Thursday, April 25, 2019
 

The Pros and Cons of Artists and Social Media


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Without question, social media has transformed how many artists interact with the public, how they brand themselves, and the very nature of how they disperse their work. But where social media opens avenues for reaching new, arguably larger audiences, in turn it forces stricter boundaries on them.

Not only are works confined to the rectangle of a phone screen, they are more abstractly restrained to “Community Guidelines” or “Terms of Service” within the social media platforms. Instagram’s “Community Guidelines” for example bans nudity, and states “always follow the law.” When social media platform subscriptions overpower museum visitation and become the main source for artists to show their work, this censorship is of a dangerous sort. It is not solely censoring artists within the social media platform, but necessarily, it is censoring artists work entirely. Further, social media platforms censor posts by museums, often the censored posts are ancient sculptures or famous and historical works.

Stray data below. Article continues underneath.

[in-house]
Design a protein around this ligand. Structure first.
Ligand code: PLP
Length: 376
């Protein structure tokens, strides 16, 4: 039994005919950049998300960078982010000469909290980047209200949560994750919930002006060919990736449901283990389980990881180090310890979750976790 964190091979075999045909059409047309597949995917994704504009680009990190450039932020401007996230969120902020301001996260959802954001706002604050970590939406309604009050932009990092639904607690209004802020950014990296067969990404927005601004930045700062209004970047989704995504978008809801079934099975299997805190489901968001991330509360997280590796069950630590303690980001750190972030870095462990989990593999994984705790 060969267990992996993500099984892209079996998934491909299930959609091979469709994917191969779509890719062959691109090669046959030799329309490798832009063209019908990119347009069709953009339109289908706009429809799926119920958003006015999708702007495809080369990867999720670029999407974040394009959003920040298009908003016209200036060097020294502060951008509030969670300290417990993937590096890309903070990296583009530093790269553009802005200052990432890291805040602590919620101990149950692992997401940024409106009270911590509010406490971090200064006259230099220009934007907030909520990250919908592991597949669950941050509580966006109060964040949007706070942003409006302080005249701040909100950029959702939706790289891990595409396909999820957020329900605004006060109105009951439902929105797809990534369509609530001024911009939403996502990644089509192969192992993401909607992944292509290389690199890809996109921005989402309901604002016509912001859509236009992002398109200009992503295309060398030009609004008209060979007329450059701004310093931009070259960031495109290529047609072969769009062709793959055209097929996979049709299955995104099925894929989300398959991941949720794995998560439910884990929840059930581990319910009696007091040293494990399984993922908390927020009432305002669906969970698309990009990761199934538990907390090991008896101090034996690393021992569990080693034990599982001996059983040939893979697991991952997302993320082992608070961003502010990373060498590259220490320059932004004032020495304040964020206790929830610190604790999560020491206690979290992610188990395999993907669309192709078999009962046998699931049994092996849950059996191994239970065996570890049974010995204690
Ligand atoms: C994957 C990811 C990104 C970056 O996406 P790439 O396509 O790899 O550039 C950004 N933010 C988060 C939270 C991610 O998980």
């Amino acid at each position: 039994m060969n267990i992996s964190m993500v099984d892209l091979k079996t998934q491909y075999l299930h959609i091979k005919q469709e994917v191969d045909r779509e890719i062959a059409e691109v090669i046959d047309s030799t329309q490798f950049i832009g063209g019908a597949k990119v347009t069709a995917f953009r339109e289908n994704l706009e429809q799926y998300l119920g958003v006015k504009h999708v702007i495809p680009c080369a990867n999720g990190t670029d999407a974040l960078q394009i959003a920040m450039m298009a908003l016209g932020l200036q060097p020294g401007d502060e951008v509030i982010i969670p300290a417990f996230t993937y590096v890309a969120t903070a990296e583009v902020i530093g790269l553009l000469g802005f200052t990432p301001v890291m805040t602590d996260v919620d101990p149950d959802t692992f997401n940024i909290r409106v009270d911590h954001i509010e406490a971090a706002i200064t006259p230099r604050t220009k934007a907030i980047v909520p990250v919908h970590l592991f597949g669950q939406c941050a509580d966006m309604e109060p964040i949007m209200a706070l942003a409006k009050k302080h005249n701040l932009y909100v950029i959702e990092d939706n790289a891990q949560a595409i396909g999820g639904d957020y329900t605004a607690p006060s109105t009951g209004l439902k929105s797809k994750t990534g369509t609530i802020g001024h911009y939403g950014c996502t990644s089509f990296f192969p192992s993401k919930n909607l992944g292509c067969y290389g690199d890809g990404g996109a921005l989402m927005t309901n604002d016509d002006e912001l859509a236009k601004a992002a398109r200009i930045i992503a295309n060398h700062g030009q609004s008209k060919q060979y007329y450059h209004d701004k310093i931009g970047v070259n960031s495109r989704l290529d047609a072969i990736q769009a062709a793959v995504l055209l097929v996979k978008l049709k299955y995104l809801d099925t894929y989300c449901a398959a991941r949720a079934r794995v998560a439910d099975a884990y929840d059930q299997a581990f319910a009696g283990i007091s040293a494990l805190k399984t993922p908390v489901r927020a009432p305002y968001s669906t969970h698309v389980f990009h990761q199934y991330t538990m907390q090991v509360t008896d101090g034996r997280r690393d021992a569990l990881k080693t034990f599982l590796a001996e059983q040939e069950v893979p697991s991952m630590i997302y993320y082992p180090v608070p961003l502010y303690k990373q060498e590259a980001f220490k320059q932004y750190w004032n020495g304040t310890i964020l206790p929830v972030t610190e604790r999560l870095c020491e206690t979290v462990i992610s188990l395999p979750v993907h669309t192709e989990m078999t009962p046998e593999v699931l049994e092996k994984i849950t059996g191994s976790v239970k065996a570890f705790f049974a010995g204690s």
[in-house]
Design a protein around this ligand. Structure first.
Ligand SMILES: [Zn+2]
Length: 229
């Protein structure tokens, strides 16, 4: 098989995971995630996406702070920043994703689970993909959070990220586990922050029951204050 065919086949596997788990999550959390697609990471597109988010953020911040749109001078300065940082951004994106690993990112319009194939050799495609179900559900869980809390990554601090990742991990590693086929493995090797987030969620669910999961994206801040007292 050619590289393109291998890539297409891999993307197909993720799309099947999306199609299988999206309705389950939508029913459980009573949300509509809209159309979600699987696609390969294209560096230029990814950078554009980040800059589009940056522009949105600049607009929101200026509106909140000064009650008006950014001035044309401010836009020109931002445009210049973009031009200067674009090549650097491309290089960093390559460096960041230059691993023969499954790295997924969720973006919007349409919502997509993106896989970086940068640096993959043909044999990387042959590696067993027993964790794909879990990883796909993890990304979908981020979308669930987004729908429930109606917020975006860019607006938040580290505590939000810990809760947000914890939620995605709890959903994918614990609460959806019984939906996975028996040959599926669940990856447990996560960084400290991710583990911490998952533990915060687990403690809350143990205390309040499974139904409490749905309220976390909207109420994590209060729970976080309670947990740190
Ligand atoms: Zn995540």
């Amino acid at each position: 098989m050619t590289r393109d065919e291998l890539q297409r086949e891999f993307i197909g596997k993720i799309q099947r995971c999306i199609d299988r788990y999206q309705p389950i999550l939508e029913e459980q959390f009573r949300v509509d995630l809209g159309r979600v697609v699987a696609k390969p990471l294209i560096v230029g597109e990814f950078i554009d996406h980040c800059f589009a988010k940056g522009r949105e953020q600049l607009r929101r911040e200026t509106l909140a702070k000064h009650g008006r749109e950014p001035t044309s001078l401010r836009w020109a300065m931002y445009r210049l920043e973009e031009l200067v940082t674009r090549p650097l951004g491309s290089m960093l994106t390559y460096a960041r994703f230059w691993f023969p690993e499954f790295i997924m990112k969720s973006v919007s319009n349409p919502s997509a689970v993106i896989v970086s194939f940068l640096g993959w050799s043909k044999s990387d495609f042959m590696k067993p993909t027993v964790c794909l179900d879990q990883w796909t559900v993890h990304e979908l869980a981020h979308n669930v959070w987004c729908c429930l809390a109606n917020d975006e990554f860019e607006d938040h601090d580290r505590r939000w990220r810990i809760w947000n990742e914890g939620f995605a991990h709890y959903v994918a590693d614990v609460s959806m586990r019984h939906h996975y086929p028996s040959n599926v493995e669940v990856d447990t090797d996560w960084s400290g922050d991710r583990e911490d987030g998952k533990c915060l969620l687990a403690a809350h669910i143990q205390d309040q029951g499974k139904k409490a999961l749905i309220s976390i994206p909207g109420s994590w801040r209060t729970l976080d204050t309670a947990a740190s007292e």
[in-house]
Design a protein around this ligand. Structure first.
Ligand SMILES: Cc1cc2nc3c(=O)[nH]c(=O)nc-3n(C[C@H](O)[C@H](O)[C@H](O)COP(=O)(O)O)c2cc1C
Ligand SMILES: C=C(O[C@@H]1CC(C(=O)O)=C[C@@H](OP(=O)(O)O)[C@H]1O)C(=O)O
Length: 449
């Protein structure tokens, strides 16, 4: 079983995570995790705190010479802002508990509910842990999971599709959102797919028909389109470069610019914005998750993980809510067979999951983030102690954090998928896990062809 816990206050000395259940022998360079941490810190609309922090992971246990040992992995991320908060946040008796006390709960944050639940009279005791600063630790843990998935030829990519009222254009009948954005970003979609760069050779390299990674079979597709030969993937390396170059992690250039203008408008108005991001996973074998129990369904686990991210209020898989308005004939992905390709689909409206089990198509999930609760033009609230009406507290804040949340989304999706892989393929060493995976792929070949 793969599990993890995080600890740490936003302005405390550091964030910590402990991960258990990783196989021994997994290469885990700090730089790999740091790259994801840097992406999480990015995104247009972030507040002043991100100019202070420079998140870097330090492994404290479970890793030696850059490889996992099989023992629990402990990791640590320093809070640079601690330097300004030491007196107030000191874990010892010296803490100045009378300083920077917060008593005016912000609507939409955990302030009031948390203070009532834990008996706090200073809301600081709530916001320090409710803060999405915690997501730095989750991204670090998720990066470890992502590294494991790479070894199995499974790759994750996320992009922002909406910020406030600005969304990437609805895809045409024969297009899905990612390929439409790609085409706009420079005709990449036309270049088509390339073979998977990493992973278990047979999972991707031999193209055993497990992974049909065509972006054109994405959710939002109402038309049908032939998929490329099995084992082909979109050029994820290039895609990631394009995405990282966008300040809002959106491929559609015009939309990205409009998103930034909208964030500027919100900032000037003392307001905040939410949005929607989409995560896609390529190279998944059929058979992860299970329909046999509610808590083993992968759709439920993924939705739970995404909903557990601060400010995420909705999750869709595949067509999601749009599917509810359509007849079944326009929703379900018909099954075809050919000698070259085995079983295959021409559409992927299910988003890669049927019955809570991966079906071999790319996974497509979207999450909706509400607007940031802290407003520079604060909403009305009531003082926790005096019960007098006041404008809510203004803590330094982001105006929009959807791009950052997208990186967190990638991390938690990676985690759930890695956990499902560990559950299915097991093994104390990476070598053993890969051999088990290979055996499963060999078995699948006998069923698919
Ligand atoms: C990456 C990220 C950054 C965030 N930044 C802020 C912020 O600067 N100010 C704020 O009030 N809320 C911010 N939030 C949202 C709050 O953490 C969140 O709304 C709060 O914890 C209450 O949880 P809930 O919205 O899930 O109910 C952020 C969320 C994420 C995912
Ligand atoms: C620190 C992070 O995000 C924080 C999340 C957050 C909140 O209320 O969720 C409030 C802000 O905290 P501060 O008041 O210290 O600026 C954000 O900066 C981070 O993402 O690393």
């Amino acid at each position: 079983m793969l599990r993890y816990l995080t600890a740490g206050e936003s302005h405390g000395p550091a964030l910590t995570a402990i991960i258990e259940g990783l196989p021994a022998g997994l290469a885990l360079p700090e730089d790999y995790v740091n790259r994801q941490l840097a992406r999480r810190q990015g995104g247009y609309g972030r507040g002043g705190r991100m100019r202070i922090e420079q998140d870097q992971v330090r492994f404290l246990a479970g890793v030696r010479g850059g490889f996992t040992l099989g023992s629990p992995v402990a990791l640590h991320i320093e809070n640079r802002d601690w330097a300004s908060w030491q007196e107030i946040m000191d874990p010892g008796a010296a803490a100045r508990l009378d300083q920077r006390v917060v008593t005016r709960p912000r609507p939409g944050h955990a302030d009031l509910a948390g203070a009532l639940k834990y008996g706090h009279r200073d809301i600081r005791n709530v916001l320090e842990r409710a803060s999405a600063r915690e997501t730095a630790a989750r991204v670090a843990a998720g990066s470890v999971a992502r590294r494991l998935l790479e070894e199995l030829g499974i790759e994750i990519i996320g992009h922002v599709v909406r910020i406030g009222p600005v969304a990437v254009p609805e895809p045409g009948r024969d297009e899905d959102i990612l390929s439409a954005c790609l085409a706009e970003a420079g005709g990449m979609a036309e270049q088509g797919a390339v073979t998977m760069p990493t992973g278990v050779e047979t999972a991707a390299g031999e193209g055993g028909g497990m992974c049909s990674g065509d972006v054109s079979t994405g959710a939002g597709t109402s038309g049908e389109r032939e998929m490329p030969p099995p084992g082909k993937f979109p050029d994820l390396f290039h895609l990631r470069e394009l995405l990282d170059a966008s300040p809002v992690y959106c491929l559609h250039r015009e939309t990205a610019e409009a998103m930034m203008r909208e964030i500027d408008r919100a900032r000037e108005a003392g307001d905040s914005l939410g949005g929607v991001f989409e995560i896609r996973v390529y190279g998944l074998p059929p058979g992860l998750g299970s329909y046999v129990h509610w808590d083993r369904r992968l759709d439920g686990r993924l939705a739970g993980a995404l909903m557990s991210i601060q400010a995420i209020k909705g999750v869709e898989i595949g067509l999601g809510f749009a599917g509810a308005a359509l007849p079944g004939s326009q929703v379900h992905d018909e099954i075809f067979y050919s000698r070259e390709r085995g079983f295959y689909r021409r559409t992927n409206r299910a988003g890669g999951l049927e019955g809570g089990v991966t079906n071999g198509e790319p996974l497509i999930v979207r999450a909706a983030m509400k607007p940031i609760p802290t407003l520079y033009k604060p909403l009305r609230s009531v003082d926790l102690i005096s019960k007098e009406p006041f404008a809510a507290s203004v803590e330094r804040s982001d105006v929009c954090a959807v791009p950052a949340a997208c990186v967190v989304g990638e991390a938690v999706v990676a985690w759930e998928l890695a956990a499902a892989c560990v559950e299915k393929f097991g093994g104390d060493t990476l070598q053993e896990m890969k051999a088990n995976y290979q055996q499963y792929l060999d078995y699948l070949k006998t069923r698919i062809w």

Social media platforms will often eliminate artist’s accounts entirely, as punishment for their continued dismissal of the “community guidelines.” This leads to artists, to prevent being locked out of their account, self-censoring their work.  Social media does not affect all artists negatively. Artists like Richard Prince have capitalized on exploiting the platforms, creating entire bodies of work in reaction to Instagram on Instagram (and in print). As exemplified by Prince and many other artists, social media has given artists an opportunity to brand themselves and gain attention interacting with other social media users on such a public platform. Arguably, Instagram and the like have opened a new performance space for contemporary artists, assuming they fit their work into the “Community Guidelines,” that is.

 

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